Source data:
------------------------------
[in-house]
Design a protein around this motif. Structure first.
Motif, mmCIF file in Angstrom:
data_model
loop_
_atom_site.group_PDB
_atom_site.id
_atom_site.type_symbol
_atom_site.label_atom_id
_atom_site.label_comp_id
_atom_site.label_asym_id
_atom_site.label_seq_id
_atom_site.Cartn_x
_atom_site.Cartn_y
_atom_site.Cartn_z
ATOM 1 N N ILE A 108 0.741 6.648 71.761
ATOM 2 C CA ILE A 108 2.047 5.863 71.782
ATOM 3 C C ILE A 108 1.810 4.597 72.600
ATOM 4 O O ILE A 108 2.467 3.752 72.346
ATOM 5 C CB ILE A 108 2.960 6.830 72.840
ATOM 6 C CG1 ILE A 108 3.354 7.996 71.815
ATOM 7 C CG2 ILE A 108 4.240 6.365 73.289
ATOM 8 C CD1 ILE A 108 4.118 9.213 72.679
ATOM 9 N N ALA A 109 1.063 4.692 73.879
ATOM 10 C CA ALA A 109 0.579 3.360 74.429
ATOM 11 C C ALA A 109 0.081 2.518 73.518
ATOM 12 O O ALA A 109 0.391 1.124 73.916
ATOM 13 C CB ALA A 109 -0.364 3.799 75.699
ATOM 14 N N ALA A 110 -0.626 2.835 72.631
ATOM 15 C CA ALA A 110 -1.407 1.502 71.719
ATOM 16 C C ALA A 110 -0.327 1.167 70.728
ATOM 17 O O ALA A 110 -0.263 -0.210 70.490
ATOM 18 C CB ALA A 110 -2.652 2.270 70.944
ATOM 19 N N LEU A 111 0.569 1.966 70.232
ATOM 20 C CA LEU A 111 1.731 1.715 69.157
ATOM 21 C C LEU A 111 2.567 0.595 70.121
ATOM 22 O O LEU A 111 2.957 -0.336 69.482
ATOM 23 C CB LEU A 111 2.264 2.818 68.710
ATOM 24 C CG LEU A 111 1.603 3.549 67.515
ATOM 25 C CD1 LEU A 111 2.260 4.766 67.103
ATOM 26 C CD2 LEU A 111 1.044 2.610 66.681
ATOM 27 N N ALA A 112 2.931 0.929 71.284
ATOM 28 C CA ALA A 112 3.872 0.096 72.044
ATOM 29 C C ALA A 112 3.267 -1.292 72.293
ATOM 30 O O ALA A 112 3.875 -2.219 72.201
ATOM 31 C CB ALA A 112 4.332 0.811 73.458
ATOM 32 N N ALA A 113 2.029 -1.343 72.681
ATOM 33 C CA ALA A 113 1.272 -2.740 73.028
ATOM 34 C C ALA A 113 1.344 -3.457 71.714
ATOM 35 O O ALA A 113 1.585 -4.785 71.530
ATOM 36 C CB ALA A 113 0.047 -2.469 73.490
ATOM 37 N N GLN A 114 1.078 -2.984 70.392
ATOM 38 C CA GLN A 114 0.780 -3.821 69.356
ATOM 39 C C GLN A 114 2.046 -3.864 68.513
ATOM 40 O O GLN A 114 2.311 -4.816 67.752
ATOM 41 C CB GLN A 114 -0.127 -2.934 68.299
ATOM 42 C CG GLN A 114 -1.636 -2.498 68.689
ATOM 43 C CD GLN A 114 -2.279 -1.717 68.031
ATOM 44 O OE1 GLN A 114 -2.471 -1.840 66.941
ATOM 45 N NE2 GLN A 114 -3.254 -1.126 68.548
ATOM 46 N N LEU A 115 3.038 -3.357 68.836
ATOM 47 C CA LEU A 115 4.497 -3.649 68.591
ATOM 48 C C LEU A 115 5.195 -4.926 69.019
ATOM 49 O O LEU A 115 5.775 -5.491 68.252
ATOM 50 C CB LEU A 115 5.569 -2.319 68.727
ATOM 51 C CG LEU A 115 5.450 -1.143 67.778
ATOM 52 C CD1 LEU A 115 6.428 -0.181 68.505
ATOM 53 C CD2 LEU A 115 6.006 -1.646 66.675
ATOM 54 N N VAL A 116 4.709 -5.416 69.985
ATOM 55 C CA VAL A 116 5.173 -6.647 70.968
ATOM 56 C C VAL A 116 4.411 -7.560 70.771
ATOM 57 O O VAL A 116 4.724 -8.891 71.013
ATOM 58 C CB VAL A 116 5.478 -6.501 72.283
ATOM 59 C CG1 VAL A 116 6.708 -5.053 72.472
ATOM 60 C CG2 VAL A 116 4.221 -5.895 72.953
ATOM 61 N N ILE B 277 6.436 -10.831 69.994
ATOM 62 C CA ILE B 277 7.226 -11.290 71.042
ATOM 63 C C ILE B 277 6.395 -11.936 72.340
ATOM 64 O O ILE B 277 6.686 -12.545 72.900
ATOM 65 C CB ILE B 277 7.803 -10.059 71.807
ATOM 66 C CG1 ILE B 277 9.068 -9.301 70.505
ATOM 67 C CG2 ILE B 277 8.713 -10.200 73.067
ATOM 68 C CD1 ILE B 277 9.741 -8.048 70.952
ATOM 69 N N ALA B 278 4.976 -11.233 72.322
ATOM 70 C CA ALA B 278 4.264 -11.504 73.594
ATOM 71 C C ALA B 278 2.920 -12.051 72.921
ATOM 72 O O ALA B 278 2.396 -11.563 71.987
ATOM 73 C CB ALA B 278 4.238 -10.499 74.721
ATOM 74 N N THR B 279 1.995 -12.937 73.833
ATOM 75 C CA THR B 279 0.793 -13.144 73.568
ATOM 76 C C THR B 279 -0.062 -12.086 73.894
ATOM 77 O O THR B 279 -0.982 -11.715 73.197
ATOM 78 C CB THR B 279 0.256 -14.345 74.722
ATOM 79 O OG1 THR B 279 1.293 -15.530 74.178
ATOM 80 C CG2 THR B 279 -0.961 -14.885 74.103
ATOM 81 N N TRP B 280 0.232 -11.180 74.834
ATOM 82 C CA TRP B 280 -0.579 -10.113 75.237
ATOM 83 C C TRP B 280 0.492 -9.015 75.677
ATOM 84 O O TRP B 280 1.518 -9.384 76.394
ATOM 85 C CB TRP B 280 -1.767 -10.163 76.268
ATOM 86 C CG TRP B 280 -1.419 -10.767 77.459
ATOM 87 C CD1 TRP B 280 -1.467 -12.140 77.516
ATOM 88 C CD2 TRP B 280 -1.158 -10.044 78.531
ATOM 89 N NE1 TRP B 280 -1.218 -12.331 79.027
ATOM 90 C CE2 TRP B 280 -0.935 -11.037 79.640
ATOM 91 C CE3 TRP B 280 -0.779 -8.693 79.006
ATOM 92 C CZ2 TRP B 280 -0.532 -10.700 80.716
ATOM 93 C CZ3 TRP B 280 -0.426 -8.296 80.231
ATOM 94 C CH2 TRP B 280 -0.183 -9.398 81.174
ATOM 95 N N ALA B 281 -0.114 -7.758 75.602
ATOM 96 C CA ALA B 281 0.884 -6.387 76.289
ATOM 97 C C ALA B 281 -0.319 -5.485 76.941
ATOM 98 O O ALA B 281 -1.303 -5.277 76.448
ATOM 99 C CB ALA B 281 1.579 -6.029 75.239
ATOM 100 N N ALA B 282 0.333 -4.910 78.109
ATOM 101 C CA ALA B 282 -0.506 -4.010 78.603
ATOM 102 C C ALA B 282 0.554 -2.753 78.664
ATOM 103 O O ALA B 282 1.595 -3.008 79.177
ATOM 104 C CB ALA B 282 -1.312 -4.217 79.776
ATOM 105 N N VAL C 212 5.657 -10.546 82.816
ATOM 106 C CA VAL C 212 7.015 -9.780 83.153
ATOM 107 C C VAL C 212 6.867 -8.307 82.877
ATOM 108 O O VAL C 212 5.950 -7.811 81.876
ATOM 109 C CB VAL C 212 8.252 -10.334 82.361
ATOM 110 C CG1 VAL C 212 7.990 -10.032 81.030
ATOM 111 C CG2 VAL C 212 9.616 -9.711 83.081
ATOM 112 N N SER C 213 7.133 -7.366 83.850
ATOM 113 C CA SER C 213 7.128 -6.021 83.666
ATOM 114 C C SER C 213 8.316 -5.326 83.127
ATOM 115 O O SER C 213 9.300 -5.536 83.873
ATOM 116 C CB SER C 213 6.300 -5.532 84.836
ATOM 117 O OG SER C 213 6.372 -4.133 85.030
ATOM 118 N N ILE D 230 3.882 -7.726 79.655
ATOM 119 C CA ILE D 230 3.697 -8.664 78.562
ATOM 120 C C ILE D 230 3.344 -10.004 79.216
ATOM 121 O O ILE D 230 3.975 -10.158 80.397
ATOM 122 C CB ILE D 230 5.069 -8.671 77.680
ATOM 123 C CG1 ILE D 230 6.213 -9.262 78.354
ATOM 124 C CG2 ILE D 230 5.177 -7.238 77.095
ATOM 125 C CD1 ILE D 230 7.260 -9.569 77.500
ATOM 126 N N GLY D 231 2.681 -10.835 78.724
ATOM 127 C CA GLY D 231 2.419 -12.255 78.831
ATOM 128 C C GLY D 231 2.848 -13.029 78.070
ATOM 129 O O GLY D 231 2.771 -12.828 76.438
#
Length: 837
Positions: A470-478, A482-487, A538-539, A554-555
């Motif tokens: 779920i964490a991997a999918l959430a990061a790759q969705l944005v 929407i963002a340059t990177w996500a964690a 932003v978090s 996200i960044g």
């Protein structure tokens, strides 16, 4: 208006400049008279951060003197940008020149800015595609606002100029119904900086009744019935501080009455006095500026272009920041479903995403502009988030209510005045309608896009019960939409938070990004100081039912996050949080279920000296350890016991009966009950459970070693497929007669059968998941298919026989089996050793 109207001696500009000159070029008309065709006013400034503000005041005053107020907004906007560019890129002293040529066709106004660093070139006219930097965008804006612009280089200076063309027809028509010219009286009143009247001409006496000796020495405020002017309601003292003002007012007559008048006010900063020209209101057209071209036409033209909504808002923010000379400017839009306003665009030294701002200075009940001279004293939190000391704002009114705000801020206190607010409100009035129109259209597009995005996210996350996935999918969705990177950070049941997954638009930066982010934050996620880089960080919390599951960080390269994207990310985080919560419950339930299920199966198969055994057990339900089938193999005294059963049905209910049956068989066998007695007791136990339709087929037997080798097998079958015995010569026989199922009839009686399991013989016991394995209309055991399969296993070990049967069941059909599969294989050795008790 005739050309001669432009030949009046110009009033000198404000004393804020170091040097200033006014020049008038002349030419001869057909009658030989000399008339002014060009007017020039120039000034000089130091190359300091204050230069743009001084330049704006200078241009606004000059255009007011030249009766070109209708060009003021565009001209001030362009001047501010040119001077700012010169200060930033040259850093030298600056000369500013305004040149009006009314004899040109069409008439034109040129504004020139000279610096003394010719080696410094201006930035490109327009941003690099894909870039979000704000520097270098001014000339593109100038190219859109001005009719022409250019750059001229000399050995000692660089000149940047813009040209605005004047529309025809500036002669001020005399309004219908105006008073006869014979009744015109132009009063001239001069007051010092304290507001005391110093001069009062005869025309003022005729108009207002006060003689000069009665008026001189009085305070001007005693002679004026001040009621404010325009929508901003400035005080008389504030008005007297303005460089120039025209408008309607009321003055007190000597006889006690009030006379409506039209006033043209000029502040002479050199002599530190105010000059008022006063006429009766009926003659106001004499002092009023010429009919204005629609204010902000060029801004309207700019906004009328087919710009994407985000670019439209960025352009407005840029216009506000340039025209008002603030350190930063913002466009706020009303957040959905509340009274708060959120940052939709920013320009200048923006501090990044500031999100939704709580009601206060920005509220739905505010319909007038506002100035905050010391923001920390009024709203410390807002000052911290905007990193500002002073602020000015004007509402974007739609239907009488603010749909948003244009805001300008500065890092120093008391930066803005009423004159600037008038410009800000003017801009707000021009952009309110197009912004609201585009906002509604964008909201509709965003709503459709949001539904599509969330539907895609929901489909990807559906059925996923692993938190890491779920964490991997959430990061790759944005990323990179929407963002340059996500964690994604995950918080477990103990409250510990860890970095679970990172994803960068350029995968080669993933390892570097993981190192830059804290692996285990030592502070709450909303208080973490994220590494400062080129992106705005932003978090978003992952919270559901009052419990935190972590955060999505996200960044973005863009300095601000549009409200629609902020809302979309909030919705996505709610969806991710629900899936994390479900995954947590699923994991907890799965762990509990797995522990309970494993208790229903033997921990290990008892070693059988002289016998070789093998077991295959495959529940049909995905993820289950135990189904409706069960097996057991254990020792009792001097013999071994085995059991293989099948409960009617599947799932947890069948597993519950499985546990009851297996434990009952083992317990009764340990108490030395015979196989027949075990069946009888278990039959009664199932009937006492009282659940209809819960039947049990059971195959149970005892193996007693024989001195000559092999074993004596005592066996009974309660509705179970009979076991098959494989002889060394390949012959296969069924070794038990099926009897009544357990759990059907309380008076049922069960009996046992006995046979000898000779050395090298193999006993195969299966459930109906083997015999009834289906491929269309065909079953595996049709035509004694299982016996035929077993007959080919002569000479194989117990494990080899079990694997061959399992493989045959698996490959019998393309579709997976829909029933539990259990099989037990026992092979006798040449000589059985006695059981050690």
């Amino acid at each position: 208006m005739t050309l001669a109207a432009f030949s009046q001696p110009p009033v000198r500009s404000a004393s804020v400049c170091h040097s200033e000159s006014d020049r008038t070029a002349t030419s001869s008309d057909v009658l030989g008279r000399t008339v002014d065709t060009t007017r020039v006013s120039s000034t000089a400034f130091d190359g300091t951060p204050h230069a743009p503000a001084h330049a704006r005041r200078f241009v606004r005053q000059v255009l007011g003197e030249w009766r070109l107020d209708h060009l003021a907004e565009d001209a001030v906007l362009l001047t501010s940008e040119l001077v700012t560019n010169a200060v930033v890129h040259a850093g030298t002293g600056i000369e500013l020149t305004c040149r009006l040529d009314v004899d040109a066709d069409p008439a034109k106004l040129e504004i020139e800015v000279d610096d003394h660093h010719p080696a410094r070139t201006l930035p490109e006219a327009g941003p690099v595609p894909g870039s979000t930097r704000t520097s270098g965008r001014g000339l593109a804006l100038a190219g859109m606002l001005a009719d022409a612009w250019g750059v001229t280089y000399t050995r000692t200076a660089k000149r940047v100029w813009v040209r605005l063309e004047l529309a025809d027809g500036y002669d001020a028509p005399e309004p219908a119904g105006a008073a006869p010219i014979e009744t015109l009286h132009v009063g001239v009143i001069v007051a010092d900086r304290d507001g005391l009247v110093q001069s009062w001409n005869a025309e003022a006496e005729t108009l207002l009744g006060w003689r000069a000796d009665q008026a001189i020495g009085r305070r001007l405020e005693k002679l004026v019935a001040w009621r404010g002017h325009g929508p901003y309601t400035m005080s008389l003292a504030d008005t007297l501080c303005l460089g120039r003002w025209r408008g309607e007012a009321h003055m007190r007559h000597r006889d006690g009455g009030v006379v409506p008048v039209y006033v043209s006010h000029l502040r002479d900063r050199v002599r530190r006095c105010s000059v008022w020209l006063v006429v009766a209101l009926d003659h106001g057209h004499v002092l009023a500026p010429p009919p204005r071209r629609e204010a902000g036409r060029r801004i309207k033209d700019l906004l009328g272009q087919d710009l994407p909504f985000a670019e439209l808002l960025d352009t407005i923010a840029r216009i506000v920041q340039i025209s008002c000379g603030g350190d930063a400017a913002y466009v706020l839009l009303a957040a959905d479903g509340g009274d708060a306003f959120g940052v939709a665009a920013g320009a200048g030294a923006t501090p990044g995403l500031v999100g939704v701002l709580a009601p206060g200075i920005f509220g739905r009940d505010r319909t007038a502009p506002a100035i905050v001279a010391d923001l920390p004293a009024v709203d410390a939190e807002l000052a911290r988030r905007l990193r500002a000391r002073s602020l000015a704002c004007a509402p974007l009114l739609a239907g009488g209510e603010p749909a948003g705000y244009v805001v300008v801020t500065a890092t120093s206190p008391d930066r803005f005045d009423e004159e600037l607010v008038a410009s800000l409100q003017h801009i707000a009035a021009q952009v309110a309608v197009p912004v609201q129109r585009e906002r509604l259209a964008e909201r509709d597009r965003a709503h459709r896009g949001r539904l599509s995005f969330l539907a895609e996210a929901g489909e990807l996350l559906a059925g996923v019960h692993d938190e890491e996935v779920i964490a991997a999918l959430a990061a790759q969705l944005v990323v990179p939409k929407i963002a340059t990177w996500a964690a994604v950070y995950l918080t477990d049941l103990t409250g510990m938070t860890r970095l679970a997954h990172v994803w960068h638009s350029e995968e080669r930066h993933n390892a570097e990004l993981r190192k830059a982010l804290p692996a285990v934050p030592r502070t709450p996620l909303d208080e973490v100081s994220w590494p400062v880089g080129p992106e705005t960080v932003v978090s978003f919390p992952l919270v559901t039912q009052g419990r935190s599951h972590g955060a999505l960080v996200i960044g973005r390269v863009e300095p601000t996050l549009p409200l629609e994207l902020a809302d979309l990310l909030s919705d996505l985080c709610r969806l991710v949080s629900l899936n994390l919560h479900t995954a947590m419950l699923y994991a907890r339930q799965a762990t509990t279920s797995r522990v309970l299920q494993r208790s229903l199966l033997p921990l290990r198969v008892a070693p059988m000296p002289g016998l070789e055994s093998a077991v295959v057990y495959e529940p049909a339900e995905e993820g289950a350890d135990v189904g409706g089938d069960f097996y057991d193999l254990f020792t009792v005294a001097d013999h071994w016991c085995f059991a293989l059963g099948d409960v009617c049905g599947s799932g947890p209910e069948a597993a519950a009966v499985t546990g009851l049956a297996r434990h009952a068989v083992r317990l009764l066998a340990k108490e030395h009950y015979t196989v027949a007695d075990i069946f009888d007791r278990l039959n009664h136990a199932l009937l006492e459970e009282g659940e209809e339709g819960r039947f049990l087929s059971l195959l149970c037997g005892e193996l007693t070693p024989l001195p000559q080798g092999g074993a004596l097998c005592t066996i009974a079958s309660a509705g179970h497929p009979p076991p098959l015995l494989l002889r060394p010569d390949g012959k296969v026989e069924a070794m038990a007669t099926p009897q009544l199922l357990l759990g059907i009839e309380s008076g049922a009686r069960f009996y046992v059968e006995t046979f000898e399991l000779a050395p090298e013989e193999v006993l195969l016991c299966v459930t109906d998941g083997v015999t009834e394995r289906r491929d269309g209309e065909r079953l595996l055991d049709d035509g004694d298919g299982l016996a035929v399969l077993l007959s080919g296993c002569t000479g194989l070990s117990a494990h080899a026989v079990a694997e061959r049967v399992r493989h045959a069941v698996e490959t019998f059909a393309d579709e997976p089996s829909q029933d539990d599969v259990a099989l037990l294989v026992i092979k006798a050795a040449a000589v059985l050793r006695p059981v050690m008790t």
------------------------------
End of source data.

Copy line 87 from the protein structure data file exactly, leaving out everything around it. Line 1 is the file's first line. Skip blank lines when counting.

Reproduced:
ATOM 72 O O ALA B 278 2.396 -11.563 71.987